This was my family’s last brush with the most violent form of police brutality, but we’re still witnessing police brutality every day – whether it’s from the news or experience. I have a sister who has dealt with it by a racist police officer for years, including intimidation, harassment, false arrest, and racial profiling. She clearly wasn’t the only woman of color to go through this with this particular officer, because similar stories were told after he forcibly resigned from his post after a 5-day suspension from the police commission during the summer.
I understand that not all officers are like this. Some people become officers because they want to actually make the world a better place, but then there are others that have ulterior motives. The latter should be held accountable for their actions by the legal system. This will continue as long as the good officers continue to stand with the bad officers instead of standing with us on this matter.
I can’t help but seethe with anger when I read that racism is dead or that black people like pulling out the race card. Racism never left since it still runs rampantly and viciously. One must live underneath a proverbial rock if it’s believed that racism doesn’t exist. In one of the most unfortunate events, innocent black lives are seemingly being taken every day by those who are meant to serve and protect. My cousin may have lived in a time where deaths like his didn’t make nationwide news, but the digital age we live in now is making it easier to reveal police misconduct.
Oscar Grant III, Eric Garner, Aiyana Mo’Nay Stanley-Jones, Terence Crutcher, Trayvon Martin, Keith Lamont Scott, Mike Brown, Sandra Bland, Alton Sterling, George Floyd, Breonna Taylor, David McAtee, and countless of others lost their lives for senseless reasons. We’re essentially living in the modern days of Emmett Till, but many people don’t care to admit this since racism doesn’t exist in their minds. As the old adage goes: “You can’t really understand another person’s experience until you’ve walked a mile in their shoes.”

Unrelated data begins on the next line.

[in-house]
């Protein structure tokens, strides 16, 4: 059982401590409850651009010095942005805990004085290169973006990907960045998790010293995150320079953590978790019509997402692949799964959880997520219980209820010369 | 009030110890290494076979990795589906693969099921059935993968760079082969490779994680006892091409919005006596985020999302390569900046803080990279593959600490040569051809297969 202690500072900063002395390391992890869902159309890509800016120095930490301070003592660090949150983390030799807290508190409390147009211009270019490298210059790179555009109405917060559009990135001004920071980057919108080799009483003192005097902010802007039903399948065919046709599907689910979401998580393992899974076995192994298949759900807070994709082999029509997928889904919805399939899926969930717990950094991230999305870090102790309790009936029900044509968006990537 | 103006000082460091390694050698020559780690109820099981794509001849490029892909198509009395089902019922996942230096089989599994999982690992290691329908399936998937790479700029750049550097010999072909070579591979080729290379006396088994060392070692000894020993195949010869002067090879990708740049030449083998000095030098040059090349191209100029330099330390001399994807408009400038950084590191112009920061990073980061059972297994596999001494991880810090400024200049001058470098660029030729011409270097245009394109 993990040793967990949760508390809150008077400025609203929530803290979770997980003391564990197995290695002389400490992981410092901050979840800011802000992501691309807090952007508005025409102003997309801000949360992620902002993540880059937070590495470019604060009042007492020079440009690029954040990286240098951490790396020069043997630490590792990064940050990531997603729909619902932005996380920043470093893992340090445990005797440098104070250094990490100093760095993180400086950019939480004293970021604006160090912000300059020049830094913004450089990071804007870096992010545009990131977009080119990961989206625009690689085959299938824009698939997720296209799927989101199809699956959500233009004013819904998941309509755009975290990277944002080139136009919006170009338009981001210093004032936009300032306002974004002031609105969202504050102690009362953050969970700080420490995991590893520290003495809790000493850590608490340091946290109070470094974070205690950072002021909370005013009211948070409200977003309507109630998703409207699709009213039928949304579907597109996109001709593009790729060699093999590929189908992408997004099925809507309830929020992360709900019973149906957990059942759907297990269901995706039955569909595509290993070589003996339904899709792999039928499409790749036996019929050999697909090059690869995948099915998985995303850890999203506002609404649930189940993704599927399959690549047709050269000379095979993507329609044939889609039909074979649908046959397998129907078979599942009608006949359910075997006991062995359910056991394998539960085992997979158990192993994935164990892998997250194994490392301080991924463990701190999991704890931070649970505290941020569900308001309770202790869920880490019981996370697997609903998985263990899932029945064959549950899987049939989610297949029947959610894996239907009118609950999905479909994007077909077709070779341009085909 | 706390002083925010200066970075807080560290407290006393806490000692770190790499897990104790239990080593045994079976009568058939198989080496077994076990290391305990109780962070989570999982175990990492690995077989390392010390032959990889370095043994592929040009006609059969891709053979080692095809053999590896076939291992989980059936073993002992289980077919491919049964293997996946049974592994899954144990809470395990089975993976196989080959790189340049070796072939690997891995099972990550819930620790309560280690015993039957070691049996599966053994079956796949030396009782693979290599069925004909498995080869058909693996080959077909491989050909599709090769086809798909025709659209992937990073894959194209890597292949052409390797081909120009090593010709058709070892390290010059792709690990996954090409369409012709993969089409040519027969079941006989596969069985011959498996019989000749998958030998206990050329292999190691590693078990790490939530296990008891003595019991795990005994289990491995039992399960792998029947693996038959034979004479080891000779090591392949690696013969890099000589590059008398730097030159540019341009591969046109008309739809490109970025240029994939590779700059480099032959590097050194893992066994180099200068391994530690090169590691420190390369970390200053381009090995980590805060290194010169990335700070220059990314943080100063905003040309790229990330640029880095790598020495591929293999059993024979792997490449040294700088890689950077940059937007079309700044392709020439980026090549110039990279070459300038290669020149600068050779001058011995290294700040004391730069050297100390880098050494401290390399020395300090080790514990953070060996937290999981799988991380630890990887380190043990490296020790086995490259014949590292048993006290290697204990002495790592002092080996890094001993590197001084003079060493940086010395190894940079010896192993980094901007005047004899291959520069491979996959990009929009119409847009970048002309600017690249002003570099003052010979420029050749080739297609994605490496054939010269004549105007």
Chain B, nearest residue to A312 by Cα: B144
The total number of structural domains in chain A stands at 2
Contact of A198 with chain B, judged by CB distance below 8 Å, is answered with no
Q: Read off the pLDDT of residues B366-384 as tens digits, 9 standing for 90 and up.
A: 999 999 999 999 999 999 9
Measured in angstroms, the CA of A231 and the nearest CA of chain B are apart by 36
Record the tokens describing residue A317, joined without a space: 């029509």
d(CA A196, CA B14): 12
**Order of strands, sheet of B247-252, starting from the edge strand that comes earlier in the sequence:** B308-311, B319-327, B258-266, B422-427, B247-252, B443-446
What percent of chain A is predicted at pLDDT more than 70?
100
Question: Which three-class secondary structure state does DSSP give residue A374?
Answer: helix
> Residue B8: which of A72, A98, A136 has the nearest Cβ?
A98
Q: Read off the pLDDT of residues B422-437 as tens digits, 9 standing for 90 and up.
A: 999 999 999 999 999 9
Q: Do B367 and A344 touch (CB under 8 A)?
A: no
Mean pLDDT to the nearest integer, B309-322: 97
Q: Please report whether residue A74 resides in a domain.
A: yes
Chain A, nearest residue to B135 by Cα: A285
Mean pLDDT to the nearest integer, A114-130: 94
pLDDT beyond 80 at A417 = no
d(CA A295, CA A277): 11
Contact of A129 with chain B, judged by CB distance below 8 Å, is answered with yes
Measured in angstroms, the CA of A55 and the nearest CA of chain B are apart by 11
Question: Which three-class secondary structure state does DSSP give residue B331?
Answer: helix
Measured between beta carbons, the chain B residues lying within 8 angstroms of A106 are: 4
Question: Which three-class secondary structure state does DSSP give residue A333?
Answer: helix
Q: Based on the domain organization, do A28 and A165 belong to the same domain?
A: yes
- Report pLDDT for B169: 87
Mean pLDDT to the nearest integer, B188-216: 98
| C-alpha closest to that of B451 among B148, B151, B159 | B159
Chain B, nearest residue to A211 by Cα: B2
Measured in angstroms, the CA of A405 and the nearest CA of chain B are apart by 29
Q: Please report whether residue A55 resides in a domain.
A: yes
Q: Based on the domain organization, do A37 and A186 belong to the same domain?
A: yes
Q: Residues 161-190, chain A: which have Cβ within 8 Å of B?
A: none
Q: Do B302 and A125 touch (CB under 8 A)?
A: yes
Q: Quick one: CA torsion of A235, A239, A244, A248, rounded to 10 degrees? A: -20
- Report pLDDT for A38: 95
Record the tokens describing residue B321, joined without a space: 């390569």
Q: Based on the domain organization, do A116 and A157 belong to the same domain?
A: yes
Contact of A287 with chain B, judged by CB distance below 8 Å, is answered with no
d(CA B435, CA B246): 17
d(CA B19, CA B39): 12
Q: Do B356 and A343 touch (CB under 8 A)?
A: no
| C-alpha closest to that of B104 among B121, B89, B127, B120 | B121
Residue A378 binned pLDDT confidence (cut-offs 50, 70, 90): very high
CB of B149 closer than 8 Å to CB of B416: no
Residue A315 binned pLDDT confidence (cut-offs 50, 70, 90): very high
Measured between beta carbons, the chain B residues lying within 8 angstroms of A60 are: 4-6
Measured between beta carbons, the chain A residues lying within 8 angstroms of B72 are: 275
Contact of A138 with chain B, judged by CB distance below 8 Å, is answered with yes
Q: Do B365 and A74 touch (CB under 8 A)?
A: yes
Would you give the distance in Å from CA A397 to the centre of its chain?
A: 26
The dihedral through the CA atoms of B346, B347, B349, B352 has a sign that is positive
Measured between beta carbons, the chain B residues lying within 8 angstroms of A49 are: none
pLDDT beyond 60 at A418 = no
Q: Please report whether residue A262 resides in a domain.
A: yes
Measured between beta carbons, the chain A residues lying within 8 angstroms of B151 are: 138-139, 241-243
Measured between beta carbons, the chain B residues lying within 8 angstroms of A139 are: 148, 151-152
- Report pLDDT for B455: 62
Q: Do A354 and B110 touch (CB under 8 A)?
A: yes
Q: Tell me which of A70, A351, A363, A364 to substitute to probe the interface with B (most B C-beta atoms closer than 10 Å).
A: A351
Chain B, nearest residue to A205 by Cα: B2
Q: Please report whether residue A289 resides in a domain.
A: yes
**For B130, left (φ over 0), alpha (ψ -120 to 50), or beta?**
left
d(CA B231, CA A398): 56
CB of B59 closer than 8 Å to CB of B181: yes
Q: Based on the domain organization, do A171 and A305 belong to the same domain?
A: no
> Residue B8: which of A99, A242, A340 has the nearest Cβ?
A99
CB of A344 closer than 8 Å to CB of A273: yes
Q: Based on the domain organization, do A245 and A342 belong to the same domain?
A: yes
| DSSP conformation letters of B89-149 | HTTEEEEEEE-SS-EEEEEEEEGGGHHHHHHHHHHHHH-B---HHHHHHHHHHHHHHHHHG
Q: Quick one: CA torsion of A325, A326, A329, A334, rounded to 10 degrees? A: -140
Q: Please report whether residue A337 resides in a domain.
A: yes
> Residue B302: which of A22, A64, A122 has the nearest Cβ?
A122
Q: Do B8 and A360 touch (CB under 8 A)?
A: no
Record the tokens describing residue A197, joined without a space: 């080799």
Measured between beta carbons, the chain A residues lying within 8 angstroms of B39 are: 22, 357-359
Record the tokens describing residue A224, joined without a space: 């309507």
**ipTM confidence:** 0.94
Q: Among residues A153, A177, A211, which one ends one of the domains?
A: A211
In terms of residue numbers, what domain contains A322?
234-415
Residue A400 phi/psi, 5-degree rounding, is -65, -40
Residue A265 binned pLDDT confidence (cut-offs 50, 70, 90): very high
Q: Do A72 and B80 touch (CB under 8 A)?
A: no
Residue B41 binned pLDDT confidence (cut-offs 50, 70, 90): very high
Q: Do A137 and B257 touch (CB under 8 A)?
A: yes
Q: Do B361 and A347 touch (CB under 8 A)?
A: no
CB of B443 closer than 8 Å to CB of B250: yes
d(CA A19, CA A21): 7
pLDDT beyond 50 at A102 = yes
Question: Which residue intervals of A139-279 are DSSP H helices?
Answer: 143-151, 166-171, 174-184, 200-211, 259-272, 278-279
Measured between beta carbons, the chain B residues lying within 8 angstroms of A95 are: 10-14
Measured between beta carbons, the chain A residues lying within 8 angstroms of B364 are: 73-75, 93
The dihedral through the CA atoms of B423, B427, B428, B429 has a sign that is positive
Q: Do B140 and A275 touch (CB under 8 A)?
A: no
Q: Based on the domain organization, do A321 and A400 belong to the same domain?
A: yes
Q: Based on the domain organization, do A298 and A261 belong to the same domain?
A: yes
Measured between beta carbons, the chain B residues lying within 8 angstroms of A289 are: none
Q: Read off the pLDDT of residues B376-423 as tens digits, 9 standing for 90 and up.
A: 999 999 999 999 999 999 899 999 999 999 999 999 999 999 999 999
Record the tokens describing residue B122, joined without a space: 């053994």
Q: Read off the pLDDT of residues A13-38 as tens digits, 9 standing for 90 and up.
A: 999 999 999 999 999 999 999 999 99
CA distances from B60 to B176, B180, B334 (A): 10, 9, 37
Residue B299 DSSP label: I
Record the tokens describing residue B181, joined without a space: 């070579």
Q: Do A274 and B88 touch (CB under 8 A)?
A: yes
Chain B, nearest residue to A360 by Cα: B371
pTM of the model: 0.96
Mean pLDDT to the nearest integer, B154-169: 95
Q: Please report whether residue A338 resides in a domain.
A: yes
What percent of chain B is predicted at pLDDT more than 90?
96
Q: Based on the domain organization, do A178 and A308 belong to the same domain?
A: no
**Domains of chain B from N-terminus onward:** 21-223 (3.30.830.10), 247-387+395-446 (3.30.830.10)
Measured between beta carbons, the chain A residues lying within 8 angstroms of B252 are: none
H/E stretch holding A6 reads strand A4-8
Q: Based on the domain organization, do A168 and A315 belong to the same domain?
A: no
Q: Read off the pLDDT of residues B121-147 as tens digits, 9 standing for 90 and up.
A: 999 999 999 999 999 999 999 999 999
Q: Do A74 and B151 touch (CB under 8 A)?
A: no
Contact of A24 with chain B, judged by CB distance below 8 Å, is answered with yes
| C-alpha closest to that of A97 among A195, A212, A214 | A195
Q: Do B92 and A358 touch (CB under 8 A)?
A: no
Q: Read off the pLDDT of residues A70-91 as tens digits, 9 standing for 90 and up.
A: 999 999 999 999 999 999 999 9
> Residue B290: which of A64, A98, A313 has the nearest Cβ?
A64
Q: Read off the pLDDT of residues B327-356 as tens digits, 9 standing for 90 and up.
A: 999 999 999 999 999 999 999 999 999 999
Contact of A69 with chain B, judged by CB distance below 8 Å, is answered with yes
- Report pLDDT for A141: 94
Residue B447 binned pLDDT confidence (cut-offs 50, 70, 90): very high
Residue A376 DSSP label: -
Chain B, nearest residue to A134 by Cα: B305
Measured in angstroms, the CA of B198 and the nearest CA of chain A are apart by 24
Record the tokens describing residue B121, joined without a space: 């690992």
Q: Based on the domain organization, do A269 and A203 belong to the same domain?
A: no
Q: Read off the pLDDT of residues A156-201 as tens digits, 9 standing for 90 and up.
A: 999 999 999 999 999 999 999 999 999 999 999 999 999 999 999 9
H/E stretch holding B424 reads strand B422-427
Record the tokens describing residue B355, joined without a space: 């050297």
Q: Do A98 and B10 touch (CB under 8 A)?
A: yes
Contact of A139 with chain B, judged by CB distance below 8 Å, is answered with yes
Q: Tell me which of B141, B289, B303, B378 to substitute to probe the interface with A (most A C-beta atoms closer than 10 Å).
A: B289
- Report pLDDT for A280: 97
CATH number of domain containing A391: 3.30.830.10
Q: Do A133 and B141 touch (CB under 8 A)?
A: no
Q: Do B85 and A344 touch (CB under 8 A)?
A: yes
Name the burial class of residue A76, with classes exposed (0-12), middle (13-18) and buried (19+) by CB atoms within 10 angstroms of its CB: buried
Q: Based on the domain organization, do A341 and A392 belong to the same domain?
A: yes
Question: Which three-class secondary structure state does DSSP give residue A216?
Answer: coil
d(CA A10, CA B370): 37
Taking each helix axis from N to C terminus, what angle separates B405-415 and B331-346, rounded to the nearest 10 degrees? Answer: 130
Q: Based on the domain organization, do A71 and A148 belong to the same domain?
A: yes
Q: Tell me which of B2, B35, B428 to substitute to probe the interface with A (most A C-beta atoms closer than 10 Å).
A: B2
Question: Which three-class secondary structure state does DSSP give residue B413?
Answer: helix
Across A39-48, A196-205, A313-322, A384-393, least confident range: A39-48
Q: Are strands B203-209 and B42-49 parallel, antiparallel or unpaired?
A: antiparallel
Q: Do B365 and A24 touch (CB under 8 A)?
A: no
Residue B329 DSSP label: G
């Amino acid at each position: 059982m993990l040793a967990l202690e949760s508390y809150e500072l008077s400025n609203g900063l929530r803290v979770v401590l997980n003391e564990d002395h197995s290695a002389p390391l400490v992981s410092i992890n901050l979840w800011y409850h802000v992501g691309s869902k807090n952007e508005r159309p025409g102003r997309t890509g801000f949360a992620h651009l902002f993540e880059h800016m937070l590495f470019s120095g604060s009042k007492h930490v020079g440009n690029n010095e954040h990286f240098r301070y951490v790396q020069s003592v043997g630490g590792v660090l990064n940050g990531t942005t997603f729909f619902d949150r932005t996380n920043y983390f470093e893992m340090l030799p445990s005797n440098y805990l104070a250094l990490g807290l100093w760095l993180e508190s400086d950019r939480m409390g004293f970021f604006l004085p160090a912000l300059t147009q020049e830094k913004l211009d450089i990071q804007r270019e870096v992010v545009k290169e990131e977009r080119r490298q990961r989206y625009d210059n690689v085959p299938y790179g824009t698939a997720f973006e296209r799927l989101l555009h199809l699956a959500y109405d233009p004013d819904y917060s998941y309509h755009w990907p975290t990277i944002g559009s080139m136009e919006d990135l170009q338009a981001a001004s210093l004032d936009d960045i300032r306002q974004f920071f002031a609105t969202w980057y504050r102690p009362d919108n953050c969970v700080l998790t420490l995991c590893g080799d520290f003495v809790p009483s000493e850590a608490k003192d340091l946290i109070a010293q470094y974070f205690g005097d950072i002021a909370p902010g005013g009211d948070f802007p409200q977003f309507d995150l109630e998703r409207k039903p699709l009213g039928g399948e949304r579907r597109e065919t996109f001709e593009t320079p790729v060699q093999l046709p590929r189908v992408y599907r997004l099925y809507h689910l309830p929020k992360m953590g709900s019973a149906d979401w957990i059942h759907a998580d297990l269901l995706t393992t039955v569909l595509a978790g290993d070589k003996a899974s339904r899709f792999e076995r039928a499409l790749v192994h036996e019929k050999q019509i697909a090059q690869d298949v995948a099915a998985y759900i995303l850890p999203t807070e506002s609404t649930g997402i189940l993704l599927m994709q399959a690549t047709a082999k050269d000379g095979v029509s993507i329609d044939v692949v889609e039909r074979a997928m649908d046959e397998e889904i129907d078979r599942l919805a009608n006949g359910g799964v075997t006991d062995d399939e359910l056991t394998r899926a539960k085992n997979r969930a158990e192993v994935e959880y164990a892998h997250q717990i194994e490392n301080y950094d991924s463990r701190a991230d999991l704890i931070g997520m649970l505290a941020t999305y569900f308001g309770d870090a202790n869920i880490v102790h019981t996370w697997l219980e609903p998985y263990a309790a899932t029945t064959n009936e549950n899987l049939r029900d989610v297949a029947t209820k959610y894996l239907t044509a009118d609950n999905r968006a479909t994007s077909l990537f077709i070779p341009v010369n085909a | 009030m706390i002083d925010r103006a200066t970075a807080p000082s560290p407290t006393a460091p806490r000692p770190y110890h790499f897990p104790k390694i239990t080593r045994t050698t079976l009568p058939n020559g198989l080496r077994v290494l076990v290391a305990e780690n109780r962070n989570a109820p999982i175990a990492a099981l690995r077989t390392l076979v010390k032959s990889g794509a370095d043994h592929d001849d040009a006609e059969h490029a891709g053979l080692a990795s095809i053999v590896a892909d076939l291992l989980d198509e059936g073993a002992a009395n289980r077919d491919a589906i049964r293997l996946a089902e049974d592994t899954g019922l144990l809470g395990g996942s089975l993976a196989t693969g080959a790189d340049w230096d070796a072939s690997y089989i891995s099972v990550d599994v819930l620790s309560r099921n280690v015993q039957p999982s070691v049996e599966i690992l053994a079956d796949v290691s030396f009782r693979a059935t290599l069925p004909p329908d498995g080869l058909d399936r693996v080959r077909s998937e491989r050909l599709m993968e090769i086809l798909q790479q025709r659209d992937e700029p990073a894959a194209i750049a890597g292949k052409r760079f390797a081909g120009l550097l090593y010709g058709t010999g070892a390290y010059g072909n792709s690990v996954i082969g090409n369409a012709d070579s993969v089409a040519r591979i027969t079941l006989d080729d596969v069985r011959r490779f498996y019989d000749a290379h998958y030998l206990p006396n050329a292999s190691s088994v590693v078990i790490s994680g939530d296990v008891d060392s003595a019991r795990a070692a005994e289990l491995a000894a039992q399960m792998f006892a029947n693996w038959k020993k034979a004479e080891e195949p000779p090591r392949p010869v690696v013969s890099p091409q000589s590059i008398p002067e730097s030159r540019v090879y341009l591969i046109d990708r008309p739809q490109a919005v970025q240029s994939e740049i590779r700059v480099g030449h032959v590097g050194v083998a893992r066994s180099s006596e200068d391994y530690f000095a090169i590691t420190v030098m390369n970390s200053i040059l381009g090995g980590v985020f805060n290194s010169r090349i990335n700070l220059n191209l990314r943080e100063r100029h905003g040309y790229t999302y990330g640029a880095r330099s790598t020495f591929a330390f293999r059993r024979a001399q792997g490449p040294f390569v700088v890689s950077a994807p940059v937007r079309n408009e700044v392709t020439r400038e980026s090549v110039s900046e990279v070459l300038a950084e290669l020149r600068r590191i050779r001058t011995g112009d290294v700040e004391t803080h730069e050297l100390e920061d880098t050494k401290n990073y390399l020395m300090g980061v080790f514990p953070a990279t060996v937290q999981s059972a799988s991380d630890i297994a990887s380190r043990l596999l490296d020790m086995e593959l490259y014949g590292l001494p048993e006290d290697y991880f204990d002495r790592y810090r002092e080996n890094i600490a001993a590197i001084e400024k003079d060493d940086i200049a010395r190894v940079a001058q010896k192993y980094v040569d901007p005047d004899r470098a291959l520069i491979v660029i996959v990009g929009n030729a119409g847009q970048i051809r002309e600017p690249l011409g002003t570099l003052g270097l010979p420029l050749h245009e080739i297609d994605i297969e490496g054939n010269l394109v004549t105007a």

It almost seems like a day doesn’t go by without reading about another innocent black life being lost. This is why Chapter 7 in I’m Judging You by Luvvie Ajayi struck a chord with me since every word rung true. She went deep into the subject where many haven’t dared. Her debut book, I’m Judging You: The Do-Better Manual, is a series of essays that dissects our cultural obsessions and calls out bad behavior in our increasingly digitally, connected lives. She has an uncanny way with words that instantly capture the reader’s attention, making them feel like they can’t put the book down until it’s read from start to finish.
Please consider making a contribution to the following causes if you’re able to:
The Loveland Foundation
Communities United Against Police Brutality
Movement for Black Lives
Run with Maud
NAACP Legal Defense and Educational Fund
Know Your Rights Camp
National Queer and Trans Therapists of Color Network (NQTTCN)
Sista Afya Community Mental Wellness
Therapy for Black Girls
Black Visions Collective
Minnesota Freedom Fund
Louisville Community Bail Fund
There are plenty of causes out there to donate to. If you know of any, please feel share to them in the comment section.